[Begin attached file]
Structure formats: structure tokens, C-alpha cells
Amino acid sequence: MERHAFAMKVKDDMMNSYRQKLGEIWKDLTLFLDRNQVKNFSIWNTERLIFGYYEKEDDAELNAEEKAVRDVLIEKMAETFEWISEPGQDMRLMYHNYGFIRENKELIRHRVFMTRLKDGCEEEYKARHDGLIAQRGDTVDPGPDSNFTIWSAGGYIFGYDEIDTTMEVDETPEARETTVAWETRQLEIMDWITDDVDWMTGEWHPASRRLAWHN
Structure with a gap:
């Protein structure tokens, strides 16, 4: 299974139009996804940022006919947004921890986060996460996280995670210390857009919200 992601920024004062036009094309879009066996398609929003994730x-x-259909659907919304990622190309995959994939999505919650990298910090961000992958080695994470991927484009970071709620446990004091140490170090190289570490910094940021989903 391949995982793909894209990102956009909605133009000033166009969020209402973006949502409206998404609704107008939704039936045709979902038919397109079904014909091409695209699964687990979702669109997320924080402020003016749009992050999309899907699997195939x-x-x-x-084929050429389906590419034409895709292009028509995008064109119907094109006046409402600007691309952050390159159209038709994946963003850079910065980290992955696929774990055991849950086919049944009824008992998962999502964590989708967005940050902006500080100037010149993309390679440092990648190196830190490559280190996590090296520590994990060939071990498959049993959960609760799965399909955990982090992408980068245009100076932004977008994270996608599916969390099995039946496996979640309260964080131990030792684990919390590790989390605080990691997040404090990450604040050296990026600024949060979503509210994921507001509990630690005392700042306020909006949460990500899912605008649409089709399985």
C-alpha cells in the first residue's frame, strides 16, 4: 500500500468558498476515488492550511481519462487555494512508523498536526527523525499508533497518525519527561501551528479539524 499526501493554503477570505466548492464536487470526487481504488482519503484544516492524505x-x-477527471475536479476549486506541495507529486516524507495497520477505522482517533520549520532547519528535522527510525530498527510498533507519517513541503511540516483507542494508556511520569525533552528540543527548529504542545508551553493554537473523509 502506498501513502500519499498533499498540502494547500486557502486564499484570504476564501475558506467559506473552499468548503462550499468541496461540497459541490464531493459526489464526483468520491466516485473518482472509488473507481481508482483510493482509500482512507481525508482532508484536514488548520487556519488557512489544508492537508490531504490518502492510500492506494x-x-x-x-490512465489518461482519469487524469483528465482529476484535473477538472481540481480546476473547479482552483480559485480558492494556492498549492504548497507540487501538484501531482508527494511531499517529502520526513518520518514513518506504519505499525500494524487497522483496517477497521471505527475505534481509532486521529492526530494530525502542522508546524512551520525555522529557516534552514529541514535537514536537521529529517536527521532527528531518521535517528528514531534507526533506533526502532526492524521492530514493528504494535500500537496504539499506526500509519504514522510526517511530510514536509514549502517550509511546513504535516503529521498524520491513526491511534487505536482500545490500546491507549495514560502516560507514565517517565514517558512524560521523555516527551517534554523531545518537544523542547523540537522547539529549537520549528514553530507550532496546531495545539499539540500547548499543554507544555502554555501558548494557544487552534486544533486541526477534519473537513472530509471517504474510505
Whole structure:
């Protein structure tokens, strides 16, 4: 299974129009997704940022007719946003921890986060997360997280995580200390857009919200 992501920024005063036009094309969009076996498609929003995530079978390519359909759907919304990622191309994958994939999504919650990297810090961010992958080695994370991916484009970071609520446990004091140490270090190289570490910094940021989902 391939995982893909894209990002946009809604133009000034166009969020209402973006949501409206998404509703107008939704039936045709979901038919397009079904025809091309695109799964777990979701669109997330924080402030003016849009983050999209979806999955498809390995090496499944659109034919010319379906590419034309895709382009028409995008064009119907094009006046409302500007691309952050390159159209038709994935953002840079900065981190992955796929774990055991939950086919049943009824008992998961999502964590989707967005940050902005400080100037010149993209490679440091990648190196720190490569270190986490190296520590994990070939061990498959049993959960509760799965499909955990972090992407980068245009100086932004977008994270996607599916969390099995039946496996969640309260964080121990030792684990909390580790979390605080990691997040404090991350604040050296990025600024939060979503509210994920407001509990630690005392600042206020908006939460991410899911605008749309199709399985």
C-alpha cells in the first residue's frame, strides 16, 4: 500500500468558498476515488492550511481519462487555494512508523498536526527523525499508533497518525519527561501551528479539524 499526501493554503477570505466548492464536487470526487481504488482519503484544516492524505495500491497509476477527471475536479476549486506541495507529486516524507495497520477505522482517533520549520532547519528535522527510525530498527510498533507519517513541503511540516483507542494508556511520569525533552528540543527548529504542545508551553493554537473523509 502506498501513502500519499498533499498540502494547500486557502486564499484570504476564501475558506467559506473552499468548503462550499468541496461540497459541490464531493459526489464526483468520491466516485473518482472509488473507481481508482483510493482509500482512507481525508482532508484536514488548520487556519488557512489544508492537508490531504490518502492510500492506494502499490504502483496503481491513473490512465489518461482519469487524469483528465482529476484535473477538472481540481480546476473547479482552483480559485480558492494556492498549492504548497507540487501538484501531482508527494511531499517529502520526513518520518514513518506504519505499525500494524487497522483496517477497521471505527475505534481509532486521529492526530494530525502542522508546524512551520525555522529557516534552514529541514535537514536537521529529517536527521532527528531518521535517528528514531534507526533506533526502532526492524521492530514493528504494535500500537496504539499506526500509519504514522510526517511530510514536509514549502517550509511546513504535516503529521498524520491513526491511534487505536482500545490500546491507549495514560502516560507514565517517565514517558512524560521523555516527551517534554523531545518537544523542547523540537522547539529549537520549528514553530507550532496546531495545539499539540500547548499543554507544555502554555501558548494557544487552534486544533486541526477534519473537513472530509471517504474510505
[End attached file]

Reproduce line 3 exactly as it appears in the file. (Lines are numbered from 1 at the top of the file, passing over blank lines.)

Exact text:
Structure with a gap: